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Most useless or bizarre piece of Ofsted feedback...

Discussion in 'Ofsted inspections' started by WD, May 13, 2005.

  1. ian444

    ian444 New commenter

    On my second OFSTED, I had a mad old trout who stank of fags and whisky standing behind me and between me and the board as I was teaching the class. Everytime I turned round I bumped into her and there was this stink coming from her that was really putting me and the kids off. She had the cheek to give my lesson an unsatisfactory even though she could hardly remember what it was about. I told my Head who was too spineless and lazy to do anything about it. Later in the inspection I was lectured by the 20 stone, obese, sweating, red faced HMI on how important PE was for kids and how I should ensure they participated. I am a PE graduate was PE coordinator. From then on I always took OFSTED/Inspector advice with a pinch of salt and only really listened to people who I knew could do it themselves. It seemed to work because I made it to headship.
     
    Northern_Miss likes this.
  2. Well, it could be taken that way, but I'm sure that's not how it was meant.
     
  3. not from an inspector but my university tutor on my last observation
    "its marvellous that you know all the children's names" - well I should bloody well hope so I've taught them 3 times a week for the last 4 months!
    A singularly useless piece of feedback from a teacher who's lesson I was observing
    "You were 2 minutes late for this lesson - very unprofessional" - despite the fact he knew full well I was teaching at the other end of the school the previous lesson, we had no movement time scheduled and I didnt know where his room was. Apparently I am supposed to move at the speed of light and not stop to ask the sixth form for directions on the way!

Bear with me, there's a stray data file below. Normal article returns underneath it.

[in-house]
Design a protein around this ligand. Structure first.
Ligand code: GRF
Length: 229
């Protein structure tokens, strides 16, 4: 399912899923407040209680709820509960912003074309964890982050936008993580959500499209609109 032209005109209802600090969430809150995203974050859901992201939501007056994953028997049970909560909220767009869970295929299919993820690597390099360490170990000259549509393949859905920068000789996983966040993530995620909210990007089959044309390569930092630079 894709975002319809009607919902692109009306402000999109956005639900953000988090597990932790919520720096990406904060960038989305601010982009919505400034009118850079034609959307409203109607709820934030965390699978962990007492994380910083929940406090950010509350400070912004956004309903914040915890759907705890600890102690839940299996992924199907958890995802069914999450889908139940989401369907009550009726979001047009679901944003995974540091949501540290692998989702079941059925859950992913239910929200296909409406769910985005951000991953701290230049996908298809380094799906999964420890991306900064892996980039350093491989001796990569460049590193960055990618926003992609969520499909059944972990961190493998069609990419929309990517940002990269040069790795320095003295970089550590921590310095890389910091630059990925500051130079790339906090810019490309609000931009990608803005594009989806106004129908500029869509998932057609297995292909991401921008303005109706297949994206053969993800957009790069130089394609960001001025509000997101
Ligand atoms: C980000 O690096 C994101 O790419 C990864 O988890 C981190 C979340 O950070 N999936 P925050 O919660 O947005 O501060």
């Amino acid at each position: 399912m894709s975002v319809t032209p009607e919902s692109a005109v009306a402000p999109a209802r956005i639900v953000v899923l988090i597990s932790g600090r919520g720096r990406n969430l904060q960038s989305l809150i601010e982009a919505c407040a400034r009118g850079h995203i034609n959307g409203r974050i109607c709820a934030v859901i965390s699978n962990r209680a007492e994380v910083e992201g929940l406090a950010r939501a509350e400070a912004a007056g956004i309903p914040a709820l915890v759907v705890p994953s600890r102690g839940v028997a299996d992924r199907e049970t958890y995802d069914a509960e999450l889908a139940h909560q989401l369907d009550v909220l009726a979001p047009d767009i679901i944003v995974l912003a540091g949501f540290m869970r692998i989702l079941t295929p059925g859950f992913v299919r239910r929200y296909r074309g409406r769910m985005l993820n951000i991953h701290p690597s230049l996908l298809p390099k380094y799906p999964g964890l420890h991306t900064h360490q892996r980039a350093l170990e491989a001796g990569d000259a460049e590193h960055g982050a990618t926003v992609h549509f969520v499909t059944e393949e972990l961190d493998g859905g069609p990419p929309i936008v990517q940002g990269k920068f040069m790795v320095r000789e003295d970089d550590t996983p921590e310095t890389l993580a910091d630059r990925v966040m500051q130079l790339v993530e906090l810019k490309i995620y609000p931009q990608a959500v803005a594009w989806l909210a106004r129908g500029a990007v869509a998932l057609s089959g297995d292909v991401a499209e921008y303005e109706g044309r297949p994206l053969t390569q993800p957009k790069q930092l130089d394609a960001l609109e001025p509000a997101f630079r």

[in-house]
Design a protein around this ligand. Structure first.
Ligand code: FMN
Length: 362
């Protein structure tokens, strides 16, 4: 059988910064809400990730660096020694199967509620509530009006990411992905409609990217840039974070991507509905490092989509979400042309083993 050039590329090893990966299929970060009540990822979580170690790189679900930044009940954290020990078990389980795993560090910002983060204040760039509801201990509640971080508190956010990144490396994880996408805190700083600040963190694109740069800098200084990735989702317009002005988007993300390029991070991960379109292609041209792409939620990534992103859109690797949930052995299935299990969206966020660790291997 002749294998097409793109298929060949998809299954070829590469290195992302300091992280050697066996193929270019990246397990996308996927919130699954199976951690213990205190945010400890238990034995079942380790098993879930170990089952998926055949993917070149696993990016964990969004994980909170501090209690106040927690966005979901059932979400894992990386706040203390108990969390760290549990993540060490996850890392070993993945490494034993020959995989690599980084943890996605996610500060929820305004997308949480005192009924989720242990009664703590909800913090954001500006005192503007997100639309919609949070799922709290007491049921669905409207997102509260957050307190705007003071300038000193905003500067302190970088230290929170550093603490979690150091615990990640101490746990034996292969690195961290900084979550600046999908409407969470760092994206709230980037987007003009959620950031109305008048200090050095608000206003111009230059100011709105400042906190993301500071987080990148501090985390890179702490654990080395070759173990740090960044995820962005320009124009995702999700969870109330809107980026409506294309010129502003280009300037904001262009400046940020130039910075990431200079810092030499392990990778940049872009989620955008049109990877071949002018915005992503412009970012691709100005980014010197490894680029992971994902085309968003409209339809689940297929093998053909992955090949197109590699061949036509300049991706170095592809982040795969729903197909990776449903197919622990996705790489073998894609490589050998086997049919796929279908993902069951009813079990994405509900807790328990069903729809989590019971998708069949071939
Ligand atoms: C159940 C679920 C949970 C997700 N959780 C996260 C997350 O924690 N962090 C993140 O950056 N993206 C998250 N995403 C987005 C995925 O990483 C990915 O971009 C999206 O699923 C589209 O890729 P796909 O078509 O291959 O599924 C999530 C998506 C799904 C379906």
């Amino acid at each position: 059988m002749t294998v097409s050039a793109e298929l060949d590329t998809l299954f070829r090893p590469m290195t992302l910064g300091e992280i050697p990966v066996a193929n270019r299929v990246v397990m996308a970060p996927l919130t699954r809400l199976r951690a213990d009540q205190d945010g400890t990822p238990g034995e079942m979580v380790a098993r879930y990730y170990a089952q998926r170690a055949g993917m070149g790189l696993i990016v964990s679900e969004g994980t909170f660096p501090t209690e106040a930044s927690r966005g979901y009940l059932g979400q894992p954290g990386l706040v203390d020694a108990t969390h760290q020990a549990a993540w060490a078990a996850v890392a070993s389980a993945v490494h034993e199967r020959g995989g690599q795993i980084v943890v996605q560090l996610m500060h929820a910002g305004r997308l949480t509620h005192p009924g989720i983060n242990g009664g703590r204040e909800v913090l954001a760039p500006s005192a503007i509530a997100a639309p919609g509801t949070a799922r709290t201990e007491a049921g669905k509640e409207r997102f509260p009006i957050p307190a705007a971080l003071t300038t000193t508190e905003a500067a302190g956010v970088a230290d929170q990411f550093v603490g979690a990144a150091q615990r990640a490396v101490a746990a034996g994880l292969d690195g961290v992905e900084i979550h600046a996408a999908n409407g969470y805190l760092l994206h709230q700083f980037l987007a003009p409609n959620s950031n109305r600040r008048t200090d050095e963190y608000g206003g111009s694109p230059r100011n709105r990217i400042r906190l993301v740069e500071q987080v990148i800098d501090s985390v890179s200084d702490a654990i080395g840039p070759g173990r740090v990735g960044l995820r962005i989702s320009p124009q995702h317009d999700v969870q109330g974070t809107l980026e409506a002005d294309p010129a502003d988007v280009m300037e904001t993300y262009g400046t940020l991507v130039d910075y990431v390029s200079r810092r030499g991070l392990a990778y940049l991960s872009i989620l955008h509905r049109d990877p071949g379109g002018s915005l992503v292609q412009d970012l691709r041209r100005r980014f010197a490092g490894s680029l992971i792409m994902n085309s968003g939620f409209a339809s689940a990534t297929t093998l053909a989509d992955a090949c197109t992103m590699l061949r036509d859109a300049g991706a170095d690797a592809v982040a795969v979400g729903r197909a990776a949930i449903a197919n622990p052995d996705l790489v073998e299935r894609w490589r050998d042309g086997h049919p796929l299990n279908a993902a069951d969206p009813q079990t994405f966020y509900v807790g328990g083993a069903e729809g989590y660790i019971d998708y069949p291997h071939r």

4. Doitforfree

    Doitforfree Star commenter

    This thread has really made me laugh.

    Could someone put all these into a document and send it to Christine Gilbert and the Department for Families Schools? Or maybe an article in the Times.
     
  5. Gardening Leaves

    Gardening Leaves New commenter

    An Ofsted Inspector came to observe someone in my department. The Someone had just not bothered to come in that morning. I was carefully explaining to Supply Teacher what the lesson was and checking she had all the resources, class lists etc. Went to back of room to explain situation to Mr Inspector. Supply teacher shouted at boy in front row, pushed table at him, he threw it back and she walked out saying: "I'm not staying in this bloody mad house!" I calmed things down and started to teach the lesson myself. The Ofsted Inspector was busy scratching out another name and adding a third to his list. Said: "I don't know who I am supposed to be watching any more." I said: "I'd give up and not bother watching anyone! I really need you to give me a hand instead." And, bless him, he put his clipboard down and he mucked in.
    At end of lesson he went to give feedback to my No 2 on an earlier lesson. Supply teacher barged in to collect her coat and things. Shouted at Inspector: "Don't think you are going to say anything to me!" and left.
    At the end of the week we got a Good, with some Excellent features. Go figure!
     
    Northern_Miss and henrypm0 like this.